- Consumer safety at heart of new government plans to install smart meters in homes and businesses over 4 years
- ambitious future targets for smart meter installations to be set out for energy suppliers, while flexibility given around current targets due to the impact of lockdown restrictions
- smart meters key to UK reducing emissions and instrumental in cutting up to £16 billion off annual cost of delivering net zero emissions by 2050
The UK government today (18 June) set out new plans for the installation of smart meters in households across the country, ensuring that consumers continue to be able to cut their energy bills and carbon emissions as coronavirus lockdown measures are eased.
Installing smart meters could save savvy consumers up to £250 on their bills, while slashing countrywide carbon emissions by 45 million tonnes – the equivalent of taking 26 million cars off the road for a year.
Putting consumer safety first during this pandemic, energy suppliers are being granted an extra 6 months to ensure they have taken all reasonable measures to install smart meters in households and small businesses – making up for the reduced contact they have had with customers. New secondary legislation laid today will see a consultation with industry set strict future annual targets that could result in fines if missed.
Minister for Climate Change, Lord Callanan, said:
Smart meters are playing an important role in helping the UK deliver a cleaner and more efficient energy system, with the added benefit of also saving tens of billions of pounds in the process.
By allowing households to conveniently track their energy use, and prepayment customers to more easily top-up credit, we are working with industry to safely install even more across the country in a way that keeps consumers and suppliers safe.
The rollout of smart meters will represent up to £16 billion annual savings on the cost of reaching net-zero emissions by 2050 thanks to creating a more flexible, cleaner energy system, while small businesses with smart meters collectively save around £1.5 billion each year on their energy bills.
Smart meters are revolutionising the way consumers use electricity, including facilitating cheaper off-peak charging for electric vehicles, as well as boosting household incomes by helping renewable energy generators export green energy to the grid. Thanks to smart tariffs, smart meters have even led to some customers getting paid to use electricity during windy days when there is excess clean energy in the system.
Energy suppliers have been ramping up installations, with 21.5 million smart and advanced meters already in homes and small businesses across Great Britain. This replacement of traditional gas and electricity meters with smart meters is an essential national infrastructure upgrade that is digitising Britain’s energy system, so that it is cleaner, more flexible and saves consumers money. But the onset of the coronavirus crisis led to an inevitable drop in the rate of nationwide smart meter installations.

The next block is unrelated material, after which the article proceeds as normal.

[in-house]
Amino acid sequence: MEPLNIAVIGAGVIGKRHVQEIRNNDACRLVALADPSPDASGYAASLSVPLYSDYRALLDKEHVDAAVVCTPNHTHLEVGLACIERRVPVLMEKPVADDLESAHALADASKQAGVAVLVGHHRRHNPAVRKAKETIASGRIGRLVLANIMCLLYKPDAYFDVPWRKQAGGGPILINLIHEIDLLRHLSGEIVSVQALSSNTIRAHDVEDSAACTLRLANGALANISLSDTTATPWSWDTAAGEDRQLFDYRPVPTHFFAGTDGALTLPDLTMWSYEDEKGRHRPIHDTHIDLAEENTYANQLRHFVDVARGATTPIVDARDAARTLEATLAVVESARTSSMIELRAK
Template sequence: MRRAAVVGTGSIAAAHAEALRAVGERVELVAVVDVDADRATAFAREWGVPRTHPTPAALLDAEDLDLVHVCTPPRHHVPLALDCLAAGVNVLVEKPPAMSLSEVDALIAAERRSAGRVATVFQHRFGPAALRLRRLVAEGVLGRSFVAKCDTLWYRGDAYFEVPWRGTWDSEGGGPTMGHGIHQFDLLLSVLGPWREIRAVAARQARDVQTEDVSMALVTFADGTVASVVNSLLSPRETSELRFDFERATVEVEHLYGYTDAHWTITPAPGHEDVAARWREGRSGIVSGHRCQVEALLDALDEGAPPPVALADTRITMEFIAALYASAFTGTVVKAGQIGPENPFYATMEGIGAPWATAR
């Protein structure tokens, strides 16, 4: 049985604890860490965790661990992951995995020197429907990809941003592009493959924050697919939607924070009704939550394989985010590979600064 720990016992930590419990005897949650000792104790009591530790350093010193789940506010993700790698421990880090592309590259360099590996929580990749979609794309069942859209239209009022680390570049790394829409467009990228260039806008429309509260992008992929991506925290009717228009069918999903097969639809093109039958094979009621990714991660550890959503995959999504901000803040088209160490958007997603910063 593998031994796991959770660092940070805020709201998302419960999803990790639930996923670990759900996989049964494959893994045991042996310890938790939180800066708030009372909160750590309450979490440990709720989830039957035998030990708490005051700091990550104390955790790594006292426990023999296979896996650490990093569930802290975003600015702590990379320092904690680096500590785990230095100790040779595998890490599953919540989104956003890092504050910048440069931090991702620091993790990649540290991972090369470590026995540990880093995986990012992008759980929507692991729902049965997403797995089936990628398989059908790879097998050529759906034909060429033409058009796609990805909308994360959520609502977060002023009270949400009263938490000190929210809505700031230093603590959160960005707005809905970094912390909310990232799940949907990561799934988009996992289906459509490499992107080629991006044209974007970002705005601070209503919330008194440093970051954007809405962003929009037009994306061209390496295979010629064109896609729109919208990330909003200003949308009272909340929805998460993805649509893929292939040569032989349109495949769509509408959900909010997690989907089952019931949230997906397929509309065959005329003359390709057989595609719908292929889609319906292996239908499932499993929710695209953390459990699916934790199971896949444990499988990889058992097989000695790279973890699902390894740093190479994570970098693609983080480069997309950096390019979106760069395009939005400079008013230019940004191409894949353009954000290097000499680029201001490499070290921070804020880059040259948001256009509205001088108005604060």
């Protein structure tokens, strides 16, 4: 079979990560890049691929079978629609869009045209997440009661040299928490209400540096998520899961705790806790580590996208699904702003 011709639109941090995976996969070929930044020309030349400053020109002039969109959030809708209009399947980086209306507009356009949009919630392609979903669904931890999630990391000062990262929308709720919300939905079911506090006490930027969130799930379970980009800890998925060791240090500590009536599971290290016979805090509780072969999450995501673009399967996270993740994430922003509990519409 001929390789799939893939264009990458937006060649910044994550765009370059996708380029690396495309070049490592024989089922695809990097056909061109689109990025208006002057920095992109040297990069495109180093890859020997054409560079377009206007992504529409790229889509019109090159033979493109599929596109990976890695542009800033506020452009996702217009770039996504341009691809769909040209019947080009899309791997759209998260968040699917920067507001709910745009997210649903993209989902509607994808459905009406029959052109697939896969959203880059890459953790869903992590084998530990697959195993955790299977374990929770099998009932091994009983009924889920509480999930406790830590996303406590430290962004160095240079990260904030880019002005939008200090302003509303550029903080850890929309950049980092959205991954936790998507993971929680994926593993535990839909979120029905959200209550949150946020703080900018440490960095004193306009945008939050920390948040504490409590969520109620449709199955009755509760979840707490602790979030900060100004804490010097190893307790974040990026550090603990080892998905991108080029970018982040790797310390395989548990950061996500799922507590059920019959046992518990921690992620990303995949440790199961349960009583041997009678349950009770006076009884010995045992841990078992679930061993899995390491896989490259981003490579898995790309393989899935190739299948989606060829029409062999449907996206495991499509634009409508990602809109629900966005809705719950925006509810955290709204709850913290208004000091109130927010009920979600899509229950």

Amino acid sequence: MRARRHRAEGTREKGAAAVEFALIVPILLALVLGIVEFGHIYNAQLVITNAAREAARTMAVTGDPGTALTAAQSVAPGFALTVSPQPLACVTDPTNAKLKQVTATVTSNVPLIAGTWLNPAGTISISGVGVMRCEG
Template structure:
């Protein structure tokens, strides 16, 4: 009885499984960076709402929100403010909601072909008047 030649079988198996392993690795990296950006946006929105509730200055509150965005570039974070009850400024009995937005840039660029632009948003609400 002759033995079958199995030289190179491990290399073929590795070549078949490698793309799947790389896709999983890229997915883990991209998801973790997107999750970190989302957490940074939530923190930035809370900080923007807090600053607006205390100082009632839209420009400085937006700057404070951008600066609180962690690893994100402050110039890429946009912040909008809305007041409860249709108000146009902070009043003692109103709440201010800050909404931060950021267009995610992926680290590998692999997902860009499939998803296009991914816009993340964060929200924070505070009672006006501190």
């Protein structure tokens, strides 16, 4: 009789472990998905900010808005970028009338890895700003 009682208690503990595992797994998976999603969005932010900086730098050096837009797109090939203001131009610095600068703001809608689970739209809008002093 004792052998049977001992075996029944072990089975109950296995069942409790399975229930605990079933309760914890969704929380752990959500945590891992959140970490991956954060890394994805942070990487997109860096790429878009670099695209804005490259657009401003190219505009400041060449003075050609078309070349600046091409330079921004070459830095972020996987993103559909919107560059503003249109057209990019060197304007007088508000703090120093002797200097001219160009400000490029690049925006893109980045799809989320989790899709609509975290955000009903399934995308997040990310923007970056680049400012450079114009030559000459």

Since lockdown restrictions started easing, engineers have begun undertaking non-emergency installations of smart meters again in accordance with published guidance on safe working in other people’s homes.
Government and Ofgem ensured that energy suppliers have the flexibility to prioritise essential and emergency metering work and focus on the needs of vulnerable customers. This has enabled them to have the safety, health and wellbeing of their customers and staff as their central priority when installing smart meters in homes.
Ambitious targets for individual suppliers will be agreed later this year following consultation, and will be implemented from July next year.
Until early March, around 19,000 smart meter installations were taking place each day. However, following public health advice in response to COVID-19, government and Ofgem ensured that energy suppliers had the flexibility to curtail smart meter installations, prioritise essential and emergency metering work, and support those in vulnerable circumstances in the communities they serve.
4 out of 5 people with a smart meter say it gives them a better idea of their energy costs and nearly two-thirds of people would recommend one to friends and family. Research conducted by Ipsos MORI on behalf of BEIS also shows that 9 in 10 are satisfied with the installation process.
The Committee on Climate Change have said that without the flexibility enabled by smart meters the cost of reaching net zero could be up to £16 billion a year more expensive than current estimates predict:
Respond to the Smart meter coordinated consumer engagement consultation – closes 13 August 2020.